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Parkridge Medical Center
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mins
Parkridge East Hospital
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Diagnosis of Pneumonia

Your doctor will ask about your symptoms. If symptoms suggest pneumonia, your doctor will ask about your medical history, travel history, and other related exposures. This information may suggest what caused your pneumonia. A physical exam usually includes tapping on your chest and back. This may identify the presence of fluid or air trapped in your lungs. The doctor will also listen carefully to your chest and back with a stethoscope.

Your doctor may choose to order a variety of tests, such as:

Blood Tests —Complete blood count including the number and types of white blood cells may help determine whether you have a viral, bacterial, or fungal infection.

Blood Culture —This involves sending a blood sample to a laboratory where it can be processed to see if any organisms are growing. If there are organisms, they can often be identified, and tests can be run to determine what types of antibiotics can best eliminate them.

Urine Antigen Tests —This involves giving a urine sample to look for certain bacteria that could be causing the infection.

Pulse Oximetry —This test measures the amount of oxygen in your blood to get a sense of how ill you are.

Arterial Blood Gas —This blood test measures the concentration of certain substances in your blood, including oxygen, carbon dioxide, and pH. This test may be performed to determine whether you will be able to continue breathing on your own, or whether you may need treatment with additional oxygen or mechanical ventilation.

Sputum Culture —If you’re able to cough up a sample of sputum, it can be sent to a laboratory to examine it for the presence of specific organisms. If there are organisms in the sputum, they can often be identified, and a specific antibiotic can be ordered for you.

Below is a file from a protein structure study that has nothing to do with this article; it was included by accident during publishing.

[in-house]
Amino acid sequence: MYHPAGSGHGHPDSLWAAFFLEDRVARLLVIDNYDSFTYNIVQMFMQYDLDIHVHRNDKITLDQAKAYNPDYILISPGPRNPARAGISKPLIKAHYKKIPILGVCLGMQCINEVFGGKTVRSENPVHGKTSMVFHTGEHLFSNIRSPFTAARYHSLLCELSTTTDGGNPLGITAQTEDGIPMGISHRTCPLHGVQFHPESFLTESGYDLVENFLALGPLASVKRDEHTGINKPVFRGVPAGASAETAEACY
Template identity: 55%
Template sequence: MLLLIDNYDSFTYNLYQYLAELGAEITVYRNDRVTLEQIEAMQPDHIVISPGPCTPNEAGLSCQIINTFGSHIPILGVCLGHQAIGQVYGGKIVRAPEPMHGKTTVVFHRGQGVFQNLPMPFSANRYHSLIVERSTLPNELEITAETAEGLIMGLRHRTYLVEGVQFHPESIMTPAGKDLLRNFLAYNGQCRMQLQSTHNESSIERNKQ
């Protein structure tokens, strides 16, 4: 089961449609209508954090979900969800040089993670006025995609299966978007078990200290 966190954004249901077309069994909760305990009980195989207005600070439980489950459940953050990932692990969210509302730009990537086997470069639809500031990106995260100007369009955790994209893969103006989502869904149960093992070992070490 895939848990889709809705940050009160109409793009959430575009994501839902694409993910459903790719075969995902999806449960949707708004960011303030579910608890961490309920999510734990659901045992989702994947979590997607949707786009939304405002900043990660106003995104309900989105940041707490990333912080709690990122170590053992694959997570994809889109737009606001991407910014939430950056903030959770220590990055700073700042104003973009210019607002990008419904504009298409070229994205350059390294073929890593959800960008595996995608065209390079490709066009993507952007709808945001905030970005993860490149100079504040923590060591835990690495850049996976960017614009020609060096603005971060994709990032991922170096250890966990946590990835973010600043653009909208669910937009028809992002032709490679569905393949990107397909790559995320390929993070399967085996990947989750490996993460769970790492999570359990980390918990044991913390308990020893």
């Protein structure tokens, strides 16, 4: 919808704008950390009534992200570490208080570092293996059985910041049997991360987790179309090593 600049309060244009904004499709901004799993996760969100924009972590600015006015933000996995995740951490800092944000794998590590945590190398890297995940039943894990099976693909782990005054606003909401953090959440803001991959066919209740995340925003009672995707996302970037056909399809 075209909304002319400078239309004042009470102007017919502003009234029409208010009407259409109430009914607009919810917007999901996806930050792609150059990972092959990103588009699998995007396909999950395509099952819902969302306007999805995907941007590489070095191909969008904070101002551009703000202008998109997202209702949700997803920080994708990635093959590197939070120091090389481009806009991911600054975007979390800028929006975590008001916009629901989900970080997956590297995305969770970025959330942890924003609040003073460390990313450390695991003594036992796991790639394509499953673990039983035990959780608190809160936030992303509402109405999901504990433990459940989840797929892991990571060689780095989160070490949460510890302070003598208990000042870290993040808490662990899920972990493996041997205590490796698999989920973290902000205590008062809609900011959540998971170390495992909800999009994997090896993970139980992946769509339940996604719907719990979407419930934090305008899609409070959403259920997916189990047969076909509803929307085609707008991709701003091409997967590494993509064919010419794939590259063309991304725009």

Chest X-ray —Chest x-ray may reveal signs of pneumonia. However, sometimes a patient will have clear-cut symptoms and signs of pneumonia on physical exam with a clear x-ray for the first couple of days. This may be the case if a patient is dehydrated.

Lung Ultrasound —An ultrasound may reveal signs of pneumonia. However, it may not detect a small percentage of lesions.

CT Scan —This imaging procedure may be required in some cases.

Bronchoscopy —In this procedure, a narrow, lighted scope is passed through your mouth or nose, down your bronchial tubes, and into your lungs. Your healthcare provider can examine your respiratory tract for signs of pneumonia. Samples of fluid and biopsies of tissue can be taken through the bronchoscope. These samples can be processed and examined in a laboratory to try to identify organisms that might be causing your pneumonia. This test is does not usually need to be performed.

Thoracentesis (Pleural Fluid Aspiration) —This invasive procedure is performed if pneumonia is complicated by fluid accumulation in the lung (pleural effusions). A needle can be passed through the chest, back, or between the ribs in order to withdraw excess fluid in the chest cavity. This fluid can be examined in a laboratory to identify organisms responsible for the pneumonia.

Revision Information

  • Heyland D, Dodek P, et al. A randomized trail of diagnostic techniques for ventilator-associated pneumonia. N Engl J Med. 2006;355:2619-2630.

  • Lutfiyya MN, Henley E, et al. Diagnosis and treatment of community-acquired pneumonia. Am Fam Physician. 2006;73:442-450.

  • Mayer J. Laboratory diagnosis of nosocomial pneumonia. Semin Respir Infect. 2000;15:119-131.

  • Murphy, CG, van de Pol, et al. Clinical predictors of occult pneumonia in the febrile child. Acad Emerg Med. 2007; 14:243.

  • Pneumonia symptoms diagnosis and treatment. American Lung Association website. Available at: http://www.lung.org/lung-disease/pneumonia/symptoms-diagnosis-and.html. Accessed October 3, 2012.

  • Pneumonia. National Heart Lung Blood Institute (NHLBI) website. Available at: http://www.nhlbi.nih.gov/health/health-topics/topics/pnu. Updated March 1, 2011. Accessed October 3, 2012.

  • Pneumonia in adults. EBSCO DynaMed website. Available at: http://www.ebscohost.com/dynamed. Updated August 27, 2012. Accessed October 3, 2012.

  • Pneumonia in children. EBSCO DynaMed website. Available at: http://www.ebscohost.com/dynamed. Updated August 27, 2012. Accessed October 3, 2012.

  • 6/17/2014 DynaMed's Systematic Literature Surveillance http://www.ebscohost.com/dynamed: Reissig A, Copetti R, et al. Lung ultrasound in the diagnosis and follow-up of community-acquired pneumonia: a prospective, multicenter diagnostic accuracy study. Chest. 2012 Oct;142(4):965-972.